Fathoms deep, white-hot rock has been emerging for millennia, cooling over and over until it hits the air. Soon battered rocks grow into islands. Tectonic plates shift, and mountains erupt from plains. Wind and water shape valleys and forests. The planet leans in toward the sun, and in a Japanese rock garden, mountain runoff makes its way down the path of least resistance. Ice-clear, it trickles through awakening flora, spills down narrow cuts in the slope, splits and rejoins around a giant stone, eventually rushing into a river and into the sea. Unlike its Western counterparts, the Japanese garden is a child of philosophy as well as aesthetics. This deep regard for the conceptual has no greater expression than it does in the karesansui, or dry garden, sometimes translated as “Japanese rock garden” or “Japanese Zen garden.” By any name, this is the garden through which mountains, oceans, and even plants are expressed through gravel, deliberately placed rocks, and—thanks to rain and spores on the wind—the occasional patch of moss. All this, plus some extremely meticulous raking, make a scene, viewed seated in one location, come alive.
So, is a Japanese Zen garden really that different from a Japanese rock garden? (And, the newcomer may ask, how might a Japanese tea garden fit into this picture?) To keep it short, karesansui—the aforementioned “dry” garden—is a style of Japanese garden which predates any mention of a Japanese “Zen garden.” In fact, the historical record does not link Zen Buddhism to any such landscaping until Western writers, projecting principles of Zen Buddhism onto karesansui, began referring to the Japanese rock garden as “Japanese Zen gardens.”
That said, the Zen garden of the Western imagination a.k.a. Karesansui a.k.a. The Japanese rock garden can be an excellent vehicle Zen teachings. Many Japanese rock gardens were originally created by Zen monks, and many to this day are maintained by monks at Zen Buddhist monasteries and temples. Both “Japanese” rock gardens and Zen Buddhism actually originate in China. Their common geographical and cultural roots (and routes) may mean this is all just a difference in semantics. While we’re on the topic of the “Japanese” rock garden abroad, it’s worth noting that in the western United States, you can find many a Japanese garden, where you stand a fair chance of seeing a real-life Japanese Zen garden!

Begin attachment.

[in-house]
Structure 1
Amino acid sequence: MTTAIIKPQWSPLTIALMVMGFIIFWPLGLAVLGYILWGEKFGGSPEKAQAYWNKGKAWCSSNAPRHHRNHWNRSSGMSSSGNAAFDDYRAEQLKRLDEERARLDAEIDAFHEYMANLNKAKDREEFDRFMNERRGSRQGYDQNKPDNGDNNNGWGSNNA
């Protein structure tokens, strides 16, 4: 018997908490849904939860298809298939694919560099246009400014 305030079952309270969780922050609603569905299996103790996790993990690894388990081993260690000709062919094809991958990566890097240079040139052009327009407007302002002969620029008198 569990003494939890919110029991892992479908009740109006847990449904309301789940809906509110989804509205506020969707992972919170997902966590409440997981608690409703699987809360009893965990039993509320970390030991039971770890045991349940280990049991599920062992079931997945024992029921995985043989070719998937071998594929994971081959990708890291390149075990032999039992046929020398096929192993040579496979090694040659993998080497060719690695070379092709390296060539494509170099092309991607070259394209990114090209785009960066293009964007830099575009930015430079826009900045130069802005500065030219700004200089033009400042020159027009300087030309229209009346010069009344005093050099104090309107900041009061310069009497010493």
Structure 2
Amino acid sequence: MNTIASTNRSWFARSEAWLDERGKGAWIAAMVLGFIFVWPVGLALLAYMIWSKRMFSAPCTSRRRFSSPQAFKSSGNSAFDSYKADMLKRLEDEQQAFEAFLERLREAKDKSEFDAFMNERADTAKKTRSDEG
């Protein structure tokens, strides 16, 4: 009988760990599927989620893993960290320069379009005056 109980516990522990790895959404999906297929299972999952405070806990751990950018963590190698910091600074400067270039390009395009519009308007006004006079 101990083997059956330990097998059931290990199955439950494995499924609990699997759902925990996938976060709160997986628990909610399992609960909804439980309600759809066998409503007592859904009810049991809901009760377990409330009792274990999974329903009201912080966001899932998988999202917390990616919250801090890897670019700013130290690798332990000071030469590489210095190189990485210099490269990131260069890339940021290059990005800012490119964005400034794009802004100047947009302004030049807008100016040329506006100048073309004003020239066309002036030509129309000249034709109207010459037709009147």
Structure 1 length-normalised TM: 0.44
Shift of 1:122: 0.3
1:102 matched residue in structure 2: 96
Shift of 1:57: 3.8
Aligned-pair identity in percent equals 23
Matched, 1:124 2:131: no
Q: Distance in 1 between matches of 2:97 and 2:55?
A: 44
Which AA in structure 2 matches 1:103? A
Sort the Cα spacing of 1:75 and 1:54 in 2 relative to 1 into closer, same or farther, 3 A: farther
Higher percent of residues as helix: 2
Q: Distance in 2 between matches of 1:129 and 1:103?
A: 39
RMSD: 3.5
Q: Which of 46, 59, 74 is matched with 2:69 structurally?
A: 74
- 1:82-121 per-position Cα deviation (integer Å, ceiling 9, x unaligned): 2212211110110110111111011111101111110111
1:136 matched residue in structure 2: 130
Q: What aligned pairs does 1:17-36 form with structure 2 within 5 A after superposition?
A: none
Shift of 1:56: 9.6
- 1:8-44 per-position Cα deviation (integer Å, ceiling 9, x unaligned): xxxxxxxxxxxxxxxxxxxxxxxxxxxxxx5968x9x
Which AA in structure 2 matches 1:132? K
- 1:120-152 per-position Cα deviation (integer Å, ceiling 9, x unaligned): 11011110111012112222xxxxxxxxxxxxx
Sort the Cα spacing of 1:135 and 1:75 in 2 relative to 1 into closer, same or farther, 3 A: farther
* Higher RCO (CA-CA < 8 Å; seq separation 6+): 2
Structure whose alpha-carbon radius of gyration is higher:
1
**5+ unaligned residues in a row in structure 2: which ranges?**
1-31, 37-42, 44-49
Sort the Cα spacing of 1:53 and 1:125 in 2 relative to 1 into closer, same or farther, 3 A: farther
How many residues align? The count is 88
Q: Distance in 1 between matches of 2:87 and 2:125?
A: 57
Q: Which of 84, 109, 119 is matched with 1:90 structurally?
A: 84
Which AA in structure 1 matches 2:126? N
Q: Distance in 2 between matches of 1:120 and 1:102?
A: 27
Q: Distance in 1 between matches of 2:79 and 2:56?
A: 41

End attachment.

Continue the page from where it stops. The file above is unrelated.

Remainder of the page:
But now we return to what makes this particular type of Japanese garden special. First, it’s in the materials: where most gardens tend to focus on...living plants...the Japanese rock garden is, as its name suggests, mostly rock. Despite the occasional moss or tiny plant, they are austere, particularly when compared to the lush, meandering Japanese tea garden one passes through on the way to a tea house.
We haven’t talked about the raking, and this is where we return to the religious, spiritual, and/or philosophical significance of this particular type of Japanese garden. While a planted tree needs tending, after a number of years, it survives primarily on its natural tree resillience. An open-air yard of meticulously-raked gravel, on the other hand, will need a “reset” at least every ten days. In the Rinzai sect of Zen Buddhism, in which every moment is an opportunity for meditation, a constant need for careful, repetitive upkeep is an excellent means of learning and teaching. According to Rev. Daiko Matsuyama, Deputy Head Priest of the 700-year-old Taizo-in Temple, “there is a teaching in Zen that says struggling in movement has a trillion times more value than struggling in sitting in silence. If we just sit, it is nothing.” Raking is not just meditative to listen to or gaze upon: it is meditative to do.
Most North American Zen Buddhism, on the other hand, can be traced back to Soto, a sect of Zen Buddhism more forgiving in its practice than the Rinzai sect is, and which emphasizes meditation. This may be why, to the North American, the Japanese Zen garden looks like an excellent landscape upon which to gaze while contemplating the nature of life in its many forms. They aren’t wrong: with water, mountain, and flora abstracted and miniaturized, the visitor to a Japanese rock garden has to really be present to actually be at a garden of any kind.
Last, and perhaps most special, is the simple imagination this Japanese garden requires. One can imagine surf on the shore or ripples in a pond, and beneath that water, perhaps there swim koi. Perhaps it is too murky to see much at all. It’s all in the eye—and mind—of the garden’s beholder.